A total of 1382 articles were returned in the search, of which 256 articles were identified as relevant. There was limited coverage of water challenges for Canadian Indigenous communities, especially for Métis (5%) and Inuit (3%) communities. Most stories focused on government responses to water-related issues, and less often covered preventative measures such as source water protection. Overall, Indigenous peoples were quoted the most often. Double-standards of water quality between Indigenous and non-Indigenous communities, along with conflict and cooperation efforts between stakeholders were emphasized in many articles.


Limited media coverage could undermine public and stakeholder interest in addressing water-related issues faced by many Canadian Indigenous communities.

Reflecting on CPHA's Public Health 2016 Conference

In the lead up to the CPHA's 2017 Public Health Conference, here is a reflection from last year's conference.  The reflection is written by Manpreet Saini, who received the 2016 NCCPH Knowledge Translation Graduate Student Award at the conference. Written by Manpreet Saini, MSc Candidate

From June 13-16, 2016, I had the pleasure of attending and presenting a poster at the Public Health 2016 conference in Toronto, Ontario. It was an incredible conference that provided space to discuss social, cultural and historical impacts on public health and the health care system. Plenary sessions touched on crucial topics such as racism, health equity and violence as a public health issue. The conference brought together public health and community leaders, who facilitated and encouraged the necessary conversations to discuss the social determinants that are impacting health. I attended many oral sessions on First Nations, Inuit, and Métis communities, and they were inspiring learning opportunities that made me take a step back to think and reflect on both the information I was given and the work that I hoped to accomplish. Some sessions got emotional but the strength of the Indigenous leaders and research teams was uplifting. During the oral sessions I learned a great deal from Indigenous leaders and the projects going on across Canada to reclaim their health and the health of their communities. In the midst of all this incredible knowledge sharing and discussion, I was also honoured to be awarded one of three NCCPH Knowledge Translation Graduate Student Awards. This conference was truly a wonderful learning experience.


Second month in Davis, California!

Written by Anna Manore, MSc Candidate Things have been progressing well in Davis!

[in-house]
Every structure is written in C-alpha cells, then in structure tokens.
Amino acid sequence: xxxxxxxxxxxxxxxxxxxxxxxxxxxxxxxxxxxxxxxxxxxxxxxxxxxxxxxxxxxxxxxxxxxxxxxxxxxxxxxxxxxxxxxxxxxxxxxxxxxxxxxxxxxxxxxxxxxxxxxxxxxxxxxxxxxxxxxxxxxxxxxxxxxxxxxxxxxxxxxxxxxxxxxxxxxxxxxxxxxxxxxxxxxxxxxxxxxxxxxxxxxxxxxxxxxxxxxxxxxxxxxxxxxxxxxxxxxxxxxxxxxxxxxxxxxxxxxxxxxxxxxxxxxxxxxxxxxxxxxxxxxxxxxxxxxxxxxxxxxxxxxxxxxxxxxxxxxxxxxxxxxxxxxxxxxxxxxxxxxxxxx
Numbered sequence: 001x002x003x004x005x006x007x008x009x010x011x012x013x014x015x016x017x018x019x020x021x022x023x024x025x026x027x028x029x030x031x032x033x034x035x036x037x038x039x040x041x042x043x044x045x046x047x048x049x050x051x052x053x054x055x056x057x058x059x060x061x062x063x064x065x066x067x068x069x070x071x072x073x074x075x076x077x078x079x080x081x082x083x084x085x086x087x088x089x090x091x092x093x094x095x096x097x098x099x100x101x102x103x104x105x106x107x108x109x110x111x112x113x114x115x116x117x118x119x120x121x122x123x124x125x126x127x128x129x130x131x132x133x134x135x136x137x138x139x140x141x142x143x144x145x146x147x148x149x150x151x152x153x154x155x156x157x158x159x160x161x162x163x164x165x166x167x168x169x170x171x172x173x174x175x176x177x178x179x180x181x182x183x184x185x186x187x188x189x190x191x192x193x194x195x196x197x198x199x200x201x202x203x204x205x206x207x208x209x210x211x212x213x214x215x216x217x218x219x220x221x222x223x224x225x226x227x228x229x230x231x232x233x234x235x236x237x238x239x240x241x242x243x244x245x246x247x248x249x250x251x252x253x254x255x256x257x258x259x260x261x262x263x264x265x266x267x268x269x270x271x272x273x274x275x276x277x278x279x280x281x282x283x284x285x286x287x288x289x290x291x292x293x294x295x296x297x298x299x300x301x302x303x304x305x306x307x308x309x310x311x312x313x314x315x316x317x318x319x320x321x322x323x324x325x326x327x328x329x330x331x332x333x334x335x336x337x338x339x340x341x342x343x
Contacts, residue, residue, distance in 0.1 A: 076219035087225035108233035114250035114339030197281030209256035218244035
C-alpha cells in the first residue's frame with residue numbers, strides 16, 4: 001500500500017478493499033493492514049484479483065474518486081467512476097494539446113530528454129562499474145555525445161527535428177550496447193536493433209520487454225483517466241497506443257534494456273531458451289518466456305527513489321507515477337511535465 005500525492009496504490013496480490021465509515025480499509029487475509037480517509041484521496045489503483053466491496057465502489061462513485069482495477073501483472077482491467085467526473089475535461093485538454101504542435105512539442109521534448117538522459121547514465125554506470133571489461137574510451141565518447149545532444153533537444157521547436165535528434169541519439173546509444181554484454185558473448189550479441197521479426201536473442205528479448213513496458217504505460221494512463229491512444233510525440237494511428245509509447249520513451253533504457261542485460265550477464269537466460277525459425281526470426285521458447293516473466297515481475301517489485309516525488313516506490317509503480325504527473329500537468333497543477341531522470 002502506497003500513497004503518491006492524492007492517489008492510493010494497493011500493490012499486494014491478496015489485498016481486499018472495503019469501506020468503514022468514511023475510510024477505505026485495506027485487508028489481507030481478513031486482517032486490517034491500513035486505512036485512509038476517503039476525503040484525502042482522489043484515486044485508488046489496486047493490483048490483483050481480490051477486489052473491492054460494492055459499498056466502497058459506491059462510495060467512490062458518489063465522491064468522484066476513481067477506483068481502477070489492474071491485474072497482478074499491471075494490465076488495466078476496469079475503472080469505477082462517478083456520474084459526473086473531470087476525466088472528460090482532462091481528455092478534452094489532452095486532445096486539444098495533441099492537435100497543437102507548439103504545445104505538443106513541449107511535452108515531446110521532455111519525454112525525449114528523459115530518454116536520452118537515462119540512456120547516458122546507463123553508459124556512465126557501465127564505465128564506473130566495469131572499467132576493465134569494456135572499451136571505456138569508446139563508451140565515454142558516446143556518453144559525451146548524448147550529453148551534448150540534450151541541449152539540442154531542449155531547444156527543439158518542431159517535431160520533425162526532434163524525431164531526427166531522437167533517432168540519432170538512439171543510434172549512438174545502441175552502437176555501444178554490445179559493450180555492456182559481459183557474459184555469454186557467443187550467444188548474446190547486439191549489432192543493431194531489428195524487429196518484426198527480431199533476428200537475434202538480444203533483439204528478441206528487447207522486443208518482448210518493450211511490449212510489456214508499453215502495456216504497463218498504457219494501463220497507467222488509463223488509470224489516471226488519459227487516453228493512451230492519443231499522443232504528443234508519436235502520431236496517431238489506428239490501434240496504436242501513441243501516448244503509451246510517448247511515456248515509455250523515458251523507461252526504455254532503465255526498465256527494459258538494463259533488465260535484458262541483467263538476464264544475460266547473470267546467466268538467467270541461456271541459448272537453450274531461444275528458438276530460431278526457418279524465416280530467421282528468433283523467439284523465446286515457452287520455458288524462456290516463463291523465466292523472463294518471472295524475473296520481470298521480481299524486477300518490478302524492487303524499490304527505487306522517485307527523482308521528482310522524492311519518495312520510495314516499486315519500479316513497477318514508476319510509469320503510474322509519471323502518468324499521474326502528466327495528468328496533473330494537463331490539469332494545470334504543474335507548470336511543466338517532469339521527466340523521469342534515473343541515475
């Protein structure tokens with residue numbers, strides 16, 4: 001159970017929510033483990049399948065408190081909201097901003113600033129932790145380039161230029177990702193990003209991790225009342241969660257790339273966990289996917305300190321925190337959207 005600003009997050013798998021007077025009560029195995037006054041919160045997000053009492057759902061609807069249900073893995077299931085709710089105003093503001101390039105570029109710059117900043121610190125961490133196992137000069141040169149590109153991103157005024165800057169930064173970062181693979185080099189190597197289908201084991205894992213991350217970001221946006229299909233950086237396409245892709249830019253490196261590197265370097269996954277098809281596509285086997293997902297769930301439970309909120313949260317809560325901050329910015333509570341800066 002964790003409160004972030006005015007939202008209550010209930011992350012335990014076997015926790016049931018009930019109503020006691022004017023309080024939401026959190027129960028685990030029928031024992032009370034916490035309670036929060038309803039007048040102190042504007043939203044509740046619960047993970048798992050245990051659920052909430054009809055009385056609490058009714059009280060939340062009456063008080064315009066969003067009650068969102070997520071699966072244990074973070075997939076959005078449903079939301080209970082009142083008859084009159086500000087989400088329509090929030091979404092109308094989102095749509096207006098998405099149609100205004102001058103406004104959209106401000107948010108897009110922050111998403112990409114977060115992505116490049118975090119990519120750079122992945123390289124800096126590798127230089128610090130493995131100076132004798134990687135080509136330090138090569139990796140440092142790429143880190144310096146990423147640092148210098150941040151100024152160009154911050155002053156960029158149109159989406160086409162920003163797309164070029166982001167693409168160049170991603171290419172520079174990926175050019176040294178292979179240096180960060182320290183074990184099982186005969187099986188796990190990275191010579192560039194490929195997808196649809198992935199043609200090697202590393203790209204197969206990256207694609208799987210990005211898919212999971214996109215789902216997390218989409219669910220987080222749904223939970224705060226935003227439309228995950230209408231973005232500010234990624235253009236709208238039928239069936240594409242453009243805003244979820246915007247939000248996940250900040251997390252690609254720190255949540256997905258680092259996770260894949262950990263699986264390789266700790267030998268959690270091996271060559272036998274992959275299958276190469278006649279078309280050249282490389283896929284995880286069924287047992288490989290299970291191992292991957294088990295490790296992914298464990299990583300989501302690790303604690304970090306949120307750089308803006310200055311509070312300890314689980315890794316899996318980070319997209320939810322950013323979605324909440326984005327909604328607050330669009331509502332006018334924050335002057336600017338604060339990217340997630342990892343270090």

In February, I presented mine and People, Animals, Water, and Sustenance (PAWS) project's work at the Northern California Parasitologists’ Spring Meeting at San Francisco State University (SFSU). The meeting was attended by faculty and students, mainly from SFSU, and who seemed to mainly work on Lyme disease. Some of the presentations brought back memories of a PopMed Seminar at the University of Guelph, where some preserved ticks were passed around…

Because the meeting was on the Saturday before Presidents’ Day, I spent the rest of the long weekend (along with a housemate of mine) exploring the city. Riding a cable car, climbing Telegraph Hill, and seeing sea lions on Pier 39 were some highlights of the visit.

I was lucky enough to return to the city the following weekend with a friend from home, and got to explore even more! Biking across the Golden Gate Bridge and a trip to Point Reyes National Seashore were the main activities, and they were both excellent.

In the lab at the University of California, Davis (UC Davis), I’ve been working closely with lab technicians Beatriz and Brittany to make sure everything is ready to start testing the Nunavut clam samples for Cryptosporidium and Giardia. In fact, we tested our first batch of clam samples just last week. Things are progressing well, and there’s still lots of work to be done!

Ugandan Team Meeting: Climate Change and Indigenous Food Systems, Food Security, and Food Safety Project

Written by Jacqueline Middleton, PhD StudentOn February 20th, Ugandan team members of the larger “Climate Change and Indigenous Food Systems, Food Security, and Food Safety” project met at McGill University, in beautiful Montreal, Canada. Principal investigators (PIs), project managers, students, and research assistants (RAs) from the Ugandan research team united to discuss how best to understand and address Indigenous food security in the context of climate change in Uganda.